This operational efficiency is particularly important to managed service providers (MSPs) who typically manage a wide range of different client deployments. Customers are impatient and want resolutions to their problems fast. Documentation will therefore help with both the speed and quality of their service and maintain good customer relationships accordingly.

Faster Onboarding

With proper documentation, companies can shrink the learning curve for new employees. Newcomers can quickly become a productive part of the team and will even be able to perform complex tasks without the time-consuming involvement of more senior members of the IT team.

IT documentation also helps to plug the knowledge gaps of existing staff through  better information sharing across the organization.

Better Visibility

Good documentation improves visibility into IT assets and processes. This boosts understanding of computer systems, providing useful insights for undertakings such as:

  • new development projects
  • infrastructure provisioning
  • standardization of technology
  • regulatory compliance

Furthermore, IT documentation is open to anyone who needs it. This makes technicians more accountable for the documentation they create, driving them to set a higher bar for the quality of their work.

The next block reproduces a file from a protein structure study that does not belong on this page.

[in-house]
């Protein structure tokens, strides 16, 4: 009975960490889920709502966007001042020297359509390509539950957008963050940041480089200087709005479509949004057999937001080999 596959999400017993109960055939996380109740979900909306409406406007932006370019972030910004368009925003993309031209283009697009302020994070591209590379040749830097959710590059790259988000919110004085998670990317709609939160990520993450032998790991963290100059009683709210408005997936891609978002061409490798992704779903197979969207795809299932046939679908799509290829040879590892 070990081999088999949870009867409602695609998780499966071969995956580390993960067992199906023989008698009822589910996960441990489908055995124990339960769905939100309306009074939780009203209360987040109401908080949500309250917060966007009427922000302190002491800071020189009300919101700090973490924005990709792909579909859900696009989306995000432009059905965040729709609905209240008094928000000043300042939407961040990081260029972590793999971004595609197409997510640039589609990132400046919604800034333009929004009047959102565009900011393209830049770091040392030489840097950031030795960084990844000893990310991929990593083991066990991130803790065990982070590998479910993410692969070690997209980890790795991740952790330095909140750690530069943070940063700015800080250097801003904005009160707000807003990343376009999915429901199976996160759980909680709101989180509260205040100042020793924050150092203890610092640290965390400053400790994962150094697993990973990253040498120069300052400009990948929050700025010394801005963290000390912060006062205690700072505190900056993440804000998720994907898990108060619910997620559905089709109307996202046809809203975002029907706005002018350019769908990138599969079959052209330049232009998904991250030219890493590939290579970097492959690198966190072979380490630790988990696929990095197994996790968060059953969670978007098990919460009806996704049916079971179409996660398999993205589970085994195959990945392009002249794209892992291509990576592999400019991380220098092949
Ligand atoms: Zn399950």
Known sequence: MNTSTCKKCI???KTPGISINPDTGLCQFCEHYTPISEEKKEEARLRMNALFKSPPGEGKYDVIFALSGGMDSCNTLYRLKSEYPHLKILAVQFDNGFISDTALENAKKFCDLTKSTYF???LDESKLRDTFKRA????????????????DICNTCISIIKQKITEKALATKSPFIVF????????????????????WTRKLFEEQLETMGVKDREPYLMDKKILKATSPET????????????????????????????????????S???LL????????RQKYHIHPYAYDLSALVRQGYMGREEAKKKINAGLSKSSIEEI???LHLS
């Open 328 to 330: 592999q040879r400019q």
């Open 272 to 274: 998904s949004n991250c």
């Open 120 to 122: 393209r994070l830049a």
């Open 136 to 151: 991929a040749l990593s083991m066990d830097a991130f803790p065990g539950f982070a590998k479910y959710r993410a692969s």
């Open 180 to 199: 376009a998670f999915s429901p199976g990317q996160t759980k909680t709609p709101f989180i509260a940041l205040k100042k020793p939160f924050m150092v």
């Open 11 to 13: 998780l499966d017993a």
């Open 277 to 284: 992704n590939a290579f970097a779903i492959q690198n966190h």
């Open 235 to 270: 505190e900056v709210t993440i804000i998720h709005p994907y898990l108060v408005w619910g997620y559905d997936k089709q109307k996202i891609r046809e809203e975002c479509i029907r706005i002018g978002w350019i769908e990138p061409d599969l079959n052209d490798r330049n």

Reduced Risk

IT documentation provides important reference material that can help prevent rogue configurations and many other operational and coding mistakes.

It can also aid security teams by storing information about vulnerability remediation workflows and details on how to identify, contain, or recover from a cyberattack. And, if it supports restricted access capabilities, it can also serve as a secure place for storing certain types of credentials, such as internal MFA information.

Furthermore, it reduces reliance on individual staff members by ensuring much of their knowledge is still available in the event they go off sick, are on holiday, or leave the organization.

Types of IT Documentation

Different types of documentation serve different roles. The following are the main categories of IT documentation, each of which is based on the fundamental purpose it serves.

Infrastructure Documentation